Back in 2012, Sep Vanmarcke (EF Education First) stormed into the spotlight at Omloop Het Nieuwsblad when he beat Tom Boonen in the sprint in Gent to take his first pro win. Seven years later, 30-year-old Vanmarcke is known to be a major force to be reckoned with at the Spring Classics but so far, he has failed to convert that into big victories. This year, Vanmarcke showed good form in the Haut-Var where he clinched a sprint victory, his first pro victory since 2016. One week later, though, he experienced a tough day at the Omloop Het Nieuwsblad, the opener of the Belgian cycling season.
At 42 kilometres from the finish, the peloton approached the Molenberg climb. This narrow cobbled climb is known to be decisive in terms of making the first major splits in the peloton. All the big guns seemed to be riding up front when suddenly, television cameras showed a struggling Vanmarcke.
"I don't know why but it wasn't going as I hoped or planned for. I felt good but I noticed that throughout the race my heart rate was higher than it usually is. I don't know why. I didn't expect it but on the Molenberg I suddenly stopped. I was in about fifteenth position but then I had to ease off. Afterwards Lutsenko moved across I was unable to keep up with him. If you can't keep up at the Molenberg it isn't good. Then I talked with Langeveld and he told me there was still something left in his tank. I tried to do what I could but there wasn't much left, and I was trying to make the gap as small as possible for him. It was a disappointment for me to struggle on the Molenberg. I figured that I might as well do something for him. On the Leberg, I got dropped and then I came back in the descent towards the Berendries. Then I knew it was over."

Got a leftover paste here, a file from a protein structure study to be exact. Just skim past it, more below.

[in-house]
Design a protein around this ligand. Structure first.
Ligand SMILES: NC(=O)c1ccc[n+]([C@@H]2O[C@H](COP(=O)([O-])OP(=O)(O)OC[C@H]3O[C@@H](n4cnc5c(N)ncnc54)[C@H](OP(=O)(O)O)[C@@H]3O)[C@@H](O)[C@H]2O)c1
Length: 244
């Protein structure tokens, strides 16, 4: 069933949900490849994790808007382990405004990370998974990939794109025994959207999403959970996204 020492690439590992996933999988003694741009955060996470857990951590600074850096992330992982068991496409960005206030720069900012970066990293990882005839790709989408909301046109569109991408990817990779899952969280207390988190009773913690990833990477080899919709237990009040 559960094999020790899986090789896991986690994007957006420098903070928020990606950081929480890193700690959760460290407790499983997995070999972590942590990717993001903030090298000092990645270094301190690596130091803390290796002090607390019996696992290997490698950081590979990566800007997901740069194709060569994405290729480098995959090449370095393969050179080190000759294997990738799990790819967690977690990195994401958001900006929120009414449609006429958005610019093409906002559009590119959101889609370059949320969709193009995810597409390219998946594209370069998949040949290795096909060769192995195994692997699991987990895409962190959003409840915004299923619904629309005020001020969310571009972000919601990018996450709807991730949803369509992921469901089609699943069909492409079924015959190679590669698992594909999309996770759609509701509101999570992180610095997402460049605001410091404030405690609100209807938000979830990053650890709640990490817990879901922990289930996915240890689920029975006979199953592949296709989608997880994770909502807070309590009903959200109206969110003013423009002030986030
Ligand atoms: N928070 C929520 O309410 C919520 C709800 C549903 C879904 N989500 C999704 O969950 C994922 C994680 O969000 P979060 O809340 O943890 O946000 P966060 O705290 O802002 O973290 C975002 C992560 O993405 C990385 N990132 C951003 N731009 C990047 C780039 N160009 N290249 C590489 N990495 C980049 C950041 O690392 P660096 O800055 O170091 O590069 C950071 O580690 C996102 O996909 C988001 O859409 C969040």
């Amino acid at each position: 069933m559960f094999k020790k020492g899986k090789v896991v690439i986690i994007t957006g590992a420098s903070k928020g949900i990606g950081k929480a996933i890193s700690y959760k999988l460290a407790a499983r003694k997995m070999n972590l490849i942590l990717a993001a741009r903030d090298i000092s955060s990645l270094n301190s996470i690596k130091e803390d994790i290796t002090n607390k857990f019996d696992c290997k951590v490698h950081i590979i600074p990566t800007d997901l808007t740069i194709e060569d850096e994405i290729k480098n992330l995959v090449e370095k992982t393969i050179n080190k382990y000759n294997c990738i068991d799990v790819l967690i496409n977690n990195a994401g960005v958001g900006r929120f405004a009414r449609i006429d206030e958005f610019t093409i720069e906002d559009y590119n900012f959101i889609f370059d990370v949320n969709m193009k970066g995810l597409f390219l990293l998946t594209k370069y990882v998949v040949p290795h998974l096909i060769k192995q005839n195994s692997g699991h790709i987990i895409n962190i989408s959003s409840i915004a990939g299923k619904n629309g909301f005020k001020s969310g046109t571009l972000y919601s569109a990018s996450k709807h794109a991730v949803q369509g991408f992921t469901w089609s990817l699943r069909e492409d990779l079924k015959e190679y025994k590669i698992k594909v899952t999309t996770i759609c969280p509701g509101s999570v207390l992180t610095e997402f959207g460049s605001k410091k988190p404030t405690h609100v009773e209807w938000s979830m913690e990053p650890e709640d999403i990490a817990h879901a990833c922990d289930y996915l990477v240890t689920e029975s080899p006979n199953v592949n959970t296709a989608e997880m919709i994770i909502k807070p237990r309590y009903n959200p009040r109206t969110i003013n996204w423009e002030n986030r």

There were still 30 tough kilometres towards Ninove, including the Muur and Bosberg climbs. Vanmarcke finished 92th at 6:27 from winner Zdenek Stybar (Deceuninck-QuickStep).
Vanmarcke was asked if his showing at the Omloop would have implications for the rest of the season.
"There's a lot of worries now. My season is over," Vanmarcke joked when talking with the media shortly after crossing the finish line in finish town Ninove.
"No, of course it's a pity. It's not something that happens to me that often at the classics. There's a few positive signs to take along with me: I won last week which means that the form is OK. This was probably just a bad day. We're working towards the next few weeks. It was the goal to be good here but that wasn't the case. It'll be a matter of forgetting about this race and continuing my work. This is the first race. It's an important race but it's better to be below par here and be better in the next races."
Next up for Sep Vanmarcke is the Italian stage race Tirreno-Adriatico in two week's time, before heading back to Belgium for the major Spring Classics: E3 Binckbank Classic, Gent-Wevelgem in Flanders Fields, Dwars door Vlaanderen, Ronde van Vlaanderen and probably the race that suits him the most: Paris-Roubaix.